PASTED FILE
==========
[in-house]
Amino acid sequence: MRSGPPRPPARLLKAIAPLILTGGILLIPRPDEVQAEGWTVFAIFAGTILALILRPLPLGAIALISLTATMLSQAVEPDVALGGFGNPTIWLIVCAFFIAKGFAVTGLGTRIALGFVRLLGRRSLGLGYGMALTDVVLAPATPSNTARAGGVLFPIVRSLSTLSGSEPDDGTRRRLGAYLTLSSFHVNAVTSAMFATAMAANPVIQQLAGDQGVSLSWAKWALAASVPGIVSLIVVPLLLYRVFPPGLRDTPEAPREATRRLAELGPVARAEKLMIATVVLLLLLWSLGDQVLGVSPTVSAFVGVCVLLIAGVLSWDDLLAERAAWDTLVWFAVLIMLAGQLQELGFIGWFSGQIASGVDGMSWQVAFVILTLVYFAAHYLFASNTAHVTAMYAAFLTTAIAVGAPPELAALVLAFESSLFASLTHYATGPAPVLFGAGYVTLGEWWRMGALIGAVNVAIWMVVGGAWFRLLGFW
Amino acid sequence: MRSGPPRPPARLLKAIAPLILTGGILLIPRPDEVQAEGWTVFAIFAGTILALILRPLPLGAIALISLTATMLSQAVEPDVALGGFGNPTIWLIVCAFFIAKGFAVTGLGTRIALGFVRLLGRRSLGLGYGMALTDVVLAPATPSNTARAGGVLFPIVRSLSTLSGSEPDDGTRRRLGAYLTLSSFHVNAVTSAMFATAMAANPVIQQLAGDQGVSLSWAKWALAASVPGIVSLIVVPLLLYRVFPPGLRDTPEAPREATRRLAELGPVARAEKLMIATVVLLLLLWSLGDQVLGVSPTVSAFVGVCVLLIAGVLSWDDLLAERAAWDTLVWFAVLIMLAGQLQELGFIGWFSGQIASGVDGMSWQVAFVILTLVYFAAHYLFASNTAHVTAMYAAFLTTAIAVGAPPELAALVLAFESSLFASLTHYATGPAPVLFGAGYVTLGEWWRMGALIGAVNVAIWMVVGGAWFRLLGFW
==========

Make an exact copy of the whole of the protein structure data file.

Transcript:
[in-house]
Amino acid sequence: MRSGPPRPPARLLKAIAPLILTGGILLIPRPDEVQAEGWTVFAIFAGTILALILRPLPLGAIALISLTATMLSQAVEPDVALGGFGNPTIWLIVCAFFIAKGFAVTGLGTRIALGFVRLLGRRSLGLGYGMALTDVVLAPATPSNTARAGGVLFPIVRSLSTLSGSEPDDGTRRRLGAYLTLSSFHVNAVTSAMFATAMAANPVIQQLAGDQGVSLSWAKWALAASVPGIVSLIVVPLLLYRVFPPGLRDTPEAPREATRRLAELGPVARAEKLMIATVVLLLLLWSLGDQVLGVSPTVSAFVGVCVLLIAGVLSWDDLLAERAAWDTLVWFAVLIMLAGQLQELGFIGWFSGQIASGVDGMSWQVAFVILTLVYFAAHYLFASNTAHVTAMYAAFLTTAIAVGAPPELAALVLAFESSLFASLTHYATGPAPVLFGAGYVTLGEWWRMGALIGAVNVAIWMVVGGAWFRLLGFW
Amino acid sequence: MRSGPPRPPARLLKAIAPLILTGGILLIPRPDEVQAEGWTVFAIFAGTILALILRPLPLGAIALISLTATMLSQAVEPDVALGGFGNPTIWLIVCAFFIAKGFAVTGLGTRIALGFVRLLGRRSLGLGYGMALTDVVLAPATPSNTARAGGVLFPIVRSLSTLSGSEPDDGTRRRLGAYLTLSSFHVNAVTSAMFATAMAANPVIQQLAGDQGVSLSWAKWALAASVPGIVSLIVVPLLLYRVFPPGLRDTPEAPREATRRLAELGPVARAEKLMIATVVLLLLLWSLGDQVLGVSPTVSAFVGVCVLLIAGVLSWDDLLAERAAWDTLVWFAVLIMLAGQLQELGFIGWFSGQIASGVDGMSWQVAFVILTLVYFAAHYLFASNTAHVTAMYAAFLTTAIAVGAPPELAALVLAFESSLFASLTHYATGPAPVLFGAGYVTLGEWWRMGALIGAVNVAIWMVVGGAWFRLLGFW